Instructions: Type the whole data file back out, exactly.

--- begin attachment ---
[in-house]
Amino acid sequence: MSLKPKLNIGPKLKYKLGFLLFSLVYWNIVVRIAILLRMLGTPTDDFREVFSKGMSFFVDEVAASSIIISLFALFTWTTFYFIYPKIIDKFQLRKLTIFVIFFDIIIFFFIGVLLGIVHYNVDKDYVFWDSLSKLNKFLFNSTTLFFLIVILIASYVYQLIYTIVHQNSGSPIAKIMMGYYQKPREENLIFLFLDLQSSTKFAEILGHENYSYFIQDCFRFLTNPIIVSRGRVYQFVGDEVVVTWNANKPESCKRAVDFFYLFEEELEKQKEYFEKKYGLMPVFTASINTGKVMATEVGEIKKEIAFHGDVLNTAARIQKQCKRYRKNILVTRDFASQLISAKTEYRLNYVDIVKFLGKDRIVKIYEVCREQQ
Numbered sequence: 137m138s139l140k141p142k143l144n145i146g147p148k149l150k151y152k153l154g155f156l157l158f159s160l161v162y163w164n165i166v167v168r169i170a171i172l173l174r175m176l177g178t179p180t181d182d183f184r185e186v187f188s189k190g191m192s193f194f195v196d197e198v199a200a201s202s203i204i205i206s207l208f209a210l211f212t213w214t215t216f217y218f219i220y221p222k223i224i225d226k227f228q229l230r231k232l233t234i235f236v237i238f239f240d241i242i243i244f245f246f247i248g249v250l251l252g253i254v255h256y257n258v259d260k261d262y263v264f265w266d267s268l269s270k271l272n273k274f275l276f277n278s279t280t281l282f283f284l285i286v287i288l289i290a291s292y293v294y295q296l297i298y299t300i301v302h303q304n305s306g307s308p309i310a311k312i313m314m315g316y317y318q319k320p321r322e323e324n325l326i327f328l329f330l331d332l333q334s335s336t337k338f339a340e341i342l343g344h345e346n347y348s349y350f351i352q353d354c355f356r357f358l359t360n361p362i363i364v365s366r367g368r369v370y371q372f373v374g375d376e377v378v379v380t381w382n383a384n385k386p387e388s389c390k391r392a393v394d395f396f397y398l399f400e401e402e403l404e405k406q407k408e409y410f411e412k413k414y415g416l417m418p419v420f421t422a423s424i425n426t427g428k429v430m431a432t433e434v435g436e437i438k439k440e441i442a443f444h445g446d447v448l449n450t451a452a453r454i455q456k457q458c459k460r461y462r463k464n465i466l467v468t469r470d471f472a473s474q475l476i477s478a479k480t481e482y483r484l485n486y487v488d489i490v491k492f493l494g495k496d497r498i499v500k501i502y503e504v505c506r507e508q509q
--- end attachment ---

[in-house]
Amino acid sequence: MSLKPKLNIGPKLKYKLGFLLFSLVYWNIVVRIAILLRMLGTPTDDFREVFSKGMSFFVDEVAASSIIISLFALFTWTTFYFIYPKIIDKFQLRKLTIFVIFFDIIIFFFIGVLLGIVHYNVDKDYVFWDSLSKLNKFLFNSTTLFFLIVILIASYVYQLIYTIVHQNSGSPIAKIMMGYYQKPREENLIFLFLDLQSSTKFAEILGHENYSYFIQDCFRFLTNPIIVSRGRVYQFVGDEVVVTWNANKPESCKRAVDFFYLFEEELEKQKEYFEKKYGLMPVFTASINTGKVMATEVGEIKKEIAFHGDVLNTAARIQKQCKRYRKNILVTRDFASQLISAKTEYRLNYVDIVKFLGKDRIVKIYEVCREQQ
Numbered sequence: 137m138s139l140k141p142k143l144n145i146g147p148k149l150k151y152k153l154g155f156l157l158f159s160l161v162y163w164n165i166v167v168r169i170a171i172l173l174r175m176l177g178t179p180t181d182d183f184r185e186v187f188s189k190g191m192s193f194f195v196d197e198v199a200a201s202s203i204i205i206s207l208f209a210l211f212t213w214t215t216f217y218f219i220y221p222k223i224i225d226k227f228q229l230r231k232l233t234i235f236v237i238f239f240d241i242i243i244f245f246f247i248g249v250l251l252g253i254v255h256y257n258v259d260k261d262y263v264f265w266d267s268l269s270k271l272n273k274f275l276f277n278s279t280t281l282f283f284l285i286v287i288l289i290a291s292y293v294y295q296l297i298y299t300i301v302h303q304n305s306g307s308p309i310a311k312i313m314m315g316y317y318q319k320p321r322e323e324n325l326i327f328l329f330l331d332l333q334s335s336t337k338f339a340e341i342l343g344h345e346n347y348s349y350f351i352q353d354c355f356r357f358l359t360n361p362i363i364v365s366r367g368r369v370y371q372f373v374g375d376e377v378v379v380t381w382n383a384n385k386p387e388s389c390k391r392a393v394d395f396f397y398l399f400e401e402e403l404e405k406q407k408e409y410f411e412k413k414y415g416l417m418p419v420f421t422a423s424i425n426t427g428k429v430m431a432t433e434v435g436e437i438k439k440e441i442a443f444h445g446d447v448l449n450t451a452a453r454i455q456k457q458c459k460r461y462r463k464n465i466l467v468t469r470d471f472a473s474q475l476i477s478a479k480t481e482y483r484l485n486y487v488d489i490v491k492f493l494g495k496d497r498i499v500k501i502y503e504v505c506r507e508q509q